1905, in accordance with Act of General
Bills receivable................ ..$201,704 05
Bonds ................................. 2,200 00
Furniture and fixtures......... 1,900 00
Overdrafts secured and unse
cured......... ... ................. 3,120 46
Due from banks......... ........ 20,160 57
Cash........ ............... 29,413 59
Capital. ............$ 50,000 00
Surplus and undivided profits 24,758 39
Dividends unpaid................. 292 50
Deposits............ ................. 173,447 77
Bills Payable....................... 10,000 00
Personally appeared before me, J. E.
Norwood, Cashier, Newberry Savings
Bank, and made oath that the above
statement is true to the best of his
knowledge and belief
J. E. NORWOOD, Cashier.
Sworn to before me this 6th day of
April, 1905. W. C. TYREE, [L.S.]
N. P. fdr S. C.
0. McR. Holmes.
Jas. K. Gilder.
We have received;
within the last week
some very desirable
New Spring Goods
in Clothing-Two Piece
New Stetson Hats,
making our stock of
seasonable goods.very 1
attractive. We have
had to duplicate al
ready a number of
styles in Vests, and
have the most attract
ive line of Men's Fur
nishing Goods in the
city. Prices always the
lowest. Come and seeI
A. C. JONES.
Newerry S. C., April 6, 1905.
S pri I
With a line as comp
All the new fabrics ai
Cotton and Mohair il
in qualities and col
complete line c f Shir1
berry. The Pin Dot
in our Mohairs a-e c
Have you seen the
with their Frtistc Co
have a treat in store
The new Laces
thread laces, Point d(
tal Laces, Val Laces,
Our Domestic depar
Millinery is beautil
Come to see~us. V
goods as cheap as tt
where, and a fine st<
THE COMERCIAI. BANK,
Capital $50,000 00
Surplus 27,000 00
JNO. M. KINARD, Pres.
. F. WRIGHT, Cashier.
New Idea Woman's Magazine.
e Newv Idea Woman's magazine
rMay contains a number of arti
Isapropos to the ever-current
~ig wedding. Charlotte Millward
res on wedding-gowns, and gives
sher opinion that, although senti
etstill inclines many girls to the
dtional white satin for their bridal
Ises, this material is not nearly so
uc in accord with the fashions and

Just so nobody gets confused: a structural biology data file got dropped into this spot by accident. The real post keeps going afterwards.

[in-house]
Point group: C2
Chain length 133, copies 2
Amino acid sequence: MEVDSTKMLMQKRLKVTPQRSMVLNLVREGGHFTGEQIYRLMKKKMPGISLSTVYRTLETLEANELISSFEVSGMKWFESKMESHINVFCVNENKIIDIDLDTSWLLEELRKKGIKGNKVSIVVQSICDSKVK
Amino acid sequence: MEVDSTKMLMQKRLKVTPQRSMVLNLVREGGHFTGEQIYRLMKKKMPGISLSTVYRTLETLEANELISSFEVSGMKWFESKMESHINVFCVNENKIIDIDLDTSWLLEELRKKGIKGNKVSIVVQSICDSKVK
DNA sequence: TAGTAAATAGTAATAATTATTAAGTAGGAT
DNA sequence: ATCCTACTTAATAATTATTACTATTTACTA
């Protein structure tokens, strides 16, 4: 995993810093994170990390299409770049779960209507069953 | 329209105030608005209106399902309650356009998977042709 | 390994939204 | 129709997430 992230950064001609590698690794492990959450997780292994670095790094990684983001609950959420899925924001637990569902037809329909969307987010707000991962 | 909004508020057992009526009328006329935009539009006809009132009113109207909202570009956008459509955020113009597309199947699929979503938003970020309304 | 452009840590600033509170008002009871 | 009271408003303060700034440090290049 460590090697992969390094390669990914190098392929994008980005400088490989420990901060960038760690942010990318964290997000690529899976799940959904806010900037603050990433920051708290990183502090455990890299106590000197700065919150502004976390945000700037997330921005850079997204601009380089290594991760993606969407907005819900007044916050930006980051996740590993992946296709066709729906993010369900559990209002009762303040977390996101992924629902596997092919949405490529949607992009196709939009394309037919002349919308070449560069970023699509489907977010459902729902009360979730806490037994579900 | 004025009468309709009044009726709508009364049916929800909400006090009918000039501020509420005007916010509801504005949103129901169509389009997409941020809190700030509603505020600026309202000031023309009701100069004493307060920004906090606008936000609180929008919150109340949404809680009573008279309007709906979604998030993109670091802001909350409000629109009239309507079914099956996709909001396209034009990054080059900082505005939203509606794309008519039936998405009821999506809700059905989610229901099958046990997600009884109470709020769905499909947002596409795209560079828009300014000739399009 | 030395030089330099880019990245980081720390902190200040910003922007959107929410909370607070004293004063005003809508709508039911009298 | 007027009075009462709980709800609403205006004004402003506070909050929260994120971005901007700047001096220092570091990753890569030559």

seof the present day as the softer
dnewer creations in/chiffon, lace,
e,supple silks, crepe de Chine or
eede Paris. An article by Frances
sh-Britton takes up the etiquette
weddings, and details the proper
n, from t'he invitations to the rice
hoer. WveddingJibreakfast menus
drecipes for home-made wedding
ae are given in the -cooking col
iin; and Esperance Goodlove con
o't you think it is about time to
e ou a new wagon before that old
nebreaks down at a time when you
iedit most. Better come now and
m oe from us. We sell the right
d,strong and durable. Made for
seon roads where they don't use
odmachir$pry. Our prices are right
Prhaps it is a buggy you want.
elwe have them too. Nice, sty
s ehicles. See and price them be
oeyou buy. You won't miss it if
oubuy from us.
o. 0. Davenoort.
ete as we have ever
-e here in Silk,Wool,
i great vaiety, both
orings. The most
: Waist Silks in New
and Pastel Shades
new Silk Organdies
lorings? If not, we
are here. Round
Pars, Laces, Orien
beautiful for trim
tment is very strong
ul this opening.
Ve promise fair and
t, polite attention,
iey can be had else
)ck to select from.
This bank has enjoyed a continual
growth from the time it first opened
its doors for business. Hence we be
lieve the people appreciate us. We
are now better prepared than ever to
serve the public. While our past suc
cess has been gratifying, we desire to
make the coIing year of 1905 show a
more substantial increase than ever.
We receive deposits fromr $1.oo and
upwards and on savings accounts pay
FOUR PER CENT INTEREST
). B. MAYER, Vice-Pres.
. Y. McFALL, Asst. Cashr.
tributes an article on marriage as it
appeals to the business woman, .in
which she concludes that "the girl
who has 'had her liberty, who has
fought her own battles and heartily
enjoyed the fighting, none the less
enjoys more deeply than she will,
perhaps, admit, t'he womanly occupa
tion of depending on a man."
illiery! Dress Goods! Notions!4
We invite one and all to in
spect our fine line of
* Dress Goods,
Oir goods are prettier and
cheaper than ever, and it will
be to your interest to come and
MRS, S. W. CALMES,
Prspenrity, S. C.i